No Downside to These High-Quality Stories
The good news is that there’s an enormous wealth of options for young comics lovers making the transition from children’s funnies to more mature fare, with a vast array of high-quality visual literature in a wide variety of categories. The bad news… well, there is no bad news. Here are three of the most recent artistically exceptional works in comic book and graphic novels for teens and young adults that will fascinate and stimulate blossoming creative imaginations.
writer: Jérôme Hamon, artist: Lena Sayaphoum (Europe Comics)
In Jérôme Hamon’s three-issue comics series, published in France as Emma et Capucine, the teenage Emma and her younger sister Violette are aspiring prima ballerinas with their sights set on the prestigious Paris Opéra. Like a splendidly choreographed dance performance, Lena Sayaphoum’s art is rendered with grace, eloquence, and spirit. His soft, fluid illustration style and muted color palette hit all the right notes to intone this tender tale of discovery, growth, and familial relationships.
writers: Brian Maruka and Jim Rugg, artist: Jim Rugg (Image Comics)
Jesse Sanchez, aka Street Angel, aka The Deadliest Girl Alive, is the smart, stereotype-defying hero of a very funny, very quirky comic book series… picture Tank Girl as a homeless 13-year-old. In this, Street Angel’s fifth, action-packed adventure, she battles Ninja Carl and declares war on the company that manufactures his deadly weapons. Jim Rugg’s multi-modal mix of genres and art styles – from Eightball-era Daniel Clowes narrative to psychedelic fight scenes – playfully blends Jesse’s reality and fantasy life with corporate promo print propaganda and even includes concept sketches and other back-of-the-book bonuses. In sum, Street Angel vs. Ninjatech is an excellent intro to Brian Maruka and Jim Rugg’s insanely imaginative universe.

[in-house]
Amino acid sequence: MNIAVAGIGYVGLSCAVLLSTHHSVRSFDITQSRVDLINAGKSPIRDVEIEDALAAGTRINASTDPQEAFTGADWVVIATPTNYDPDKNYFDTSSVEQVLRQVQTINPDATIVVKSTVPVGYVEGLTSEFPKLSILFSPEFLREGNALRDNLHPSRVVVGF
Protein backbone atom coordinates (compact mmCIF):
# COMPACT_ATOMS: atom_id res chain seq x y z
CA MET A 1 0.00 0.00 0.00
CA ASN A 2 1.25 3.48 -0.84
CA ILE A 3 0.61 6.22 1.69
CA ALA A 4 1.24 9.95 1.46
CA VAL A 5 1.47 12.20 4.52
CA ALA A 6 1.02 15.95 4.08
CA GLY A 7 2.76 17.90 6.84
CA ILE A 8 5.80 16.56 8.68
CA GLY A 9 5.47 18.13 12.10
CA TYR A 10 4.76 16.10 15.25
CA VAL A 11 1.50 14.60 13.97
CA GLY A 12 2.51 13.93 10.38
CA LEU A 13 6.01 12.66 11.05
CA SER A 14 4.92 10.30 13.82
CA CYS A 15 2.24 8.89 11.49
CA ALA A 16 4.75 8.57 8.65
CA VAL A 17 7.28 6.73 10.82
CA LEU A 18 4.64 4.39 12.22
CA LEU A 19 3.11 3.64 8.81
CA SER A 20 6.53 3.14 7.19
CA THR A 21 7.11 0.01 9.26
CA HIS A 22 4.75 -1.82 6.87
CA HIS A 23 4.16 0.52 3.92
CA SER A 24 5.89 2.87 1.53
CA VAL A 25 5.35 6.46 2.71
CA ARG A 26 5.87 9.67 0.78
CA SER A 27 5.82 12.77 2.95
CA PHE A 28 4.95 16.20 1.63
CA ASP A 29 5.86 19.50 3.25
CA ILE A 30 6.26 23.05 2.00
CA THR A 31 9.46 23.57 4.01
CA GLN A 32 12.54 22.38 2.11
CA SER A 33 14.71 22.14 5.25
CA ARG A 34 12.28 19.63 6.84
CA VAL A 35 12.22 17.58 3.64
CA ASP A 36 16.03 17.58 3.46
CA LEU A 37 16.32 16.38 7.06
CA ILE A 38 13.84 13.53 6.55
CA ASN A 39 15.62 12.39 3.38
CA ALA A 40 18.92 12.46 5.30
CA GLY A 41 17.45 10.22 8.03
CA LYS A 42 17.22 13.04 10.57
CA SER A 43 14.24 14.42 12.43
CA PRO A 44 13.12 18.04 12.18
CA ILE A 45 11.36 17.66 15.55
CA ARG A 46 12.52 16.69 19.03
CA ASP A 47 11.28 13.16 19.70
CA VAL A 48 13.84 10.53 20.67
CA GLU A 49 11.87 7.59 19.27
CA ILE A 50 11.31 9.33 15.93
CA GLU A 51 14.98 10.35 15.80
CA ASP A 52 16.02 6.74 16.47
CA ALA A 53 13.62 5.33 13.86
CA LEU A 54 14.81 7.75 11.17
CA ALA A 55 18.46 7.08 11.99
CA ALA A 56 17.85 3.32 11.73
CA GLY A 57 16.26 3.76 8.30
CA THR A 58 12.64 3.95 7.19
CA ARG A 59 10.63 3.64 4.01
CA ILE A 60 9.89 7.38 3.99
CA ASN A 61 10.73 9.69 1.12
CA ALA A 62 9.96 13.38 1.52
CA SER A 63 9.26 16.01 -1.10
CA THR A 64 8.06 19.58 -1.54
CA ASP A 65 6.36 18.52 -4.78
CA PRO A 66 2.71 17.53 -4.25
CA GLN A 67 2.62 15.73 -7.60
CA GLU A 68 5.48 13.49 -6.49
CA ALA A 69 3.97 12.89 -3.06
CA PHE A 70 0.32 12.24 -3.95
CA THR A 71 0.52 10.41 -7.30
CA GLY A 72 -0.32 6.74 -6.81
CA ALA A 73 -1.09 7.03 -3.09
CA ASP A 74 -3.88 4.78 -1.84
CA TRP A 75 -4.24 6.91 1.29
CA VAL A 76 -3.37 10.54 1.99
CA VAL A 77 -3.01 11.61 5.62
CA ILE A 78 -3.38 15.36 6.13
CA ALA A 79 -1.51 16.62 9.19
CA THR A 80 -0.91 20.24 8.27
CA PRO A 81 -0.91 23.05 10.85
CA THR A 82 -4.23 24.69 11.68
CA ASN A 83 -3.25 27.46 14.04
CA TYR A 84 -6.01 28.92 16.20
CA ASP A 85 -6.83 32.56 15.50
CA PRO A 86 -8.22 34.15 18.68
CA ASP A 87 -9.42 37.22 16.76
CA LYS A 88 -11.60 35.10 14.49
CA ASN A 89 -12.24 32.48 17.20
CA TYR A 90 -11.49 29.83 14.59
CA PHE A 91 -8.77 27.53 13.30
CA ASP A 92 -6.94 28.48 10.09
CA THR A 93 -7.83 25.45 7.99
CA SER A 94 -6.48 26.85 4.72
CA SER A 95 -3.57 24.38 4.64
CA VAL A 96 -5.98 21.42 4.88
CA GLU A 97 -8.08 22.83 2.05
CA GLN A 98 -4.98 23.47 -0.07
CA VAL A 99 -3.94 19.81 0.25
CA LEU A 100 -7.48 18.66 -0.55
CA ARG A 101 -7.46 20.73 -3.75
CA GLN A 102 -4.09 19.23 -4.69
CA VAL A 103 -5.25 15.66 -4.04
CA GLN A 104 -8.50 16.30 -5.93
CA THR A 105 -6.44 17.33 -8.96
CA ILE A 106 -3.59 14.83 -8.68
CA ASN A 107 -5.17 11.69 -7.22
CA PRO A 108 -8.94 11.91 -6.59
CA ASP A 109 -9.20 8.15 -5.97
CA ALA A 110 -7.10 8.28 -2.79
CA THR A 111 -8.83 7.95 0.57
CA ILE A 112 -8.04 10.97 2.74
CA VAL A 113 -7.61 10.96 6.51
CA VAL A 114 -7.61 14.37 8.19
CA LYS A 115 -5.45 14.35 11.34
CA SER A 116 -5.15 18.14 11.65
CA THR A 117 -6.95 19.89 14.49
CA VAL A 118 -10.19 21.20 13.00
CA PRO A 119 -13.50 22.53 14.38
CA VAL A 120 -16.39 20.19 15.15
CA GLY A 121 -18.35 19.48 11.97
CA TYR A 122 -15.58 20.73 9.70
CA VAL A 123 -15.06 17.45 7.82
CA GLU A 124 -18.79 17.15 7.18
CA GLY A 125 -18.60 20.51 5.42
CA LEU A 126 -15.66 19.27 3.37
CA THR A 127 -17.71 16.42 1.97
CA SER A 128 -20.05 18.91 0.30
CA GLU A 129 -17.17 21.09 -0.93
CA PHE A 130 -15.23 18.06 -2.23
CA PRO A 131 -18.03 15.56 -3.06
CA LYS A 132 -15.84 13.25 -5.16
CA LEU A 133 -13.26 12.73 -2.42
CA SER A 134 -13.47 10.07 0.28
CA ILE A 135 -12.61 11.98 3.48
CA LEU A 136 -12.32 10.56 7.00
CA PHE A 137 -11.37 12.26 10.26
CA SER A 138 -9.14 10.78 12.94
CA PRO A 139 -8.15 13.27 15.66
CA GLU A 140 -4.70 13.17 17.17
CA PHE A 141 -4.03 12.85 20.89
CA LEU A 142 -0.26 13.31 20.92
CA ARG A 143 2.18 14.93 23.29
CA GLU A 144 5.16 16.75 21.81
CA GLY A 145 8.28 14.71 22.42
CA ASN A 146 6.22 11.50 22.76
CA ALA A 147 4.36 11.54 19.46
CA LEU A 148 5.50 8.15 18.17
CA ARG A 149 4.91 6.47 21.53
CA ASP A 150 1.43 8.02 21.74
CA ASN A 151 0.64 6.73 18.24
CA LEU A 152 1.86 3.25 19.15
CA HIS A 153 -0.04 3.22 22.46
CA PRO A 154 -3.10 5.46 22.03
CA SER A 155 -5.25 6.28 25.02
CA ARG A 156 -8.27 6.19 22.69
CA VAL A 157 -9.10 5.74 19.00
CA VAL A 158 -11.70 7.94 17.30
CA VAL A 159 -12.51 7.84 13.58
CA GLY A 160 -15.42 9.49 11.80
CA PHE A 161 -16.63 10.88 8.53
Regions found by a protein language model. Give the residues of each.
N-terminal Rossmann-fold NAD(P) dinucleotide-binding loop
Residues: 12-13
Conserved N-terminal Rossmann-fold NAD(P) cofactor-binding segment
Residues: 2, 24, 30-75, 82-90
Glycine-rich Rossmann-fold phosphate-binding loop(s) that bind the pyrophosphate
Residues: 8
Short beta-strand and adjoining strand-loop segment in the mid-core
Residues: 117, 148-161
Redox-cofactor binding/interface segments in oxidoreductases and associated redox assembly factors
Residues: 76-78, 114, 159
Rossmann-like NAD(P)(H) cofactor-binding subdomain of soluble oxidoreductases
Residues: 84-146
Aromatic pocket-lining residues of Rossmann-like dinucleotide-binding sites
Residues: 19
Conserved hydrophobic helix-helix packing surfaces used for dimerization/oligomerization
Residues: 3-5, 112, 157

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writer: Wilfred Lupano, artist: Gregory Panaccione (Lion Forge)
In A Sea of Love, a graphic novel first published in France, we’re introduced to an old fisherman and his doting spouse. On his way to work one day, he becomes unwillingly swept away into turbulent, dangerous adventures in distant locales. And when the wife goes off to find him, she’s transported into her own perilous odyssey. Wilfred Lupano tells the story with warmth and humor… and entirely without dialogue. And really, none is necessary, as Gregory Panaccione’s charming illustrations and skillful use of color are all that’s needed to communicate narrative, thoughts, and feelings in this poignant tale of loss, longing, and of course, love.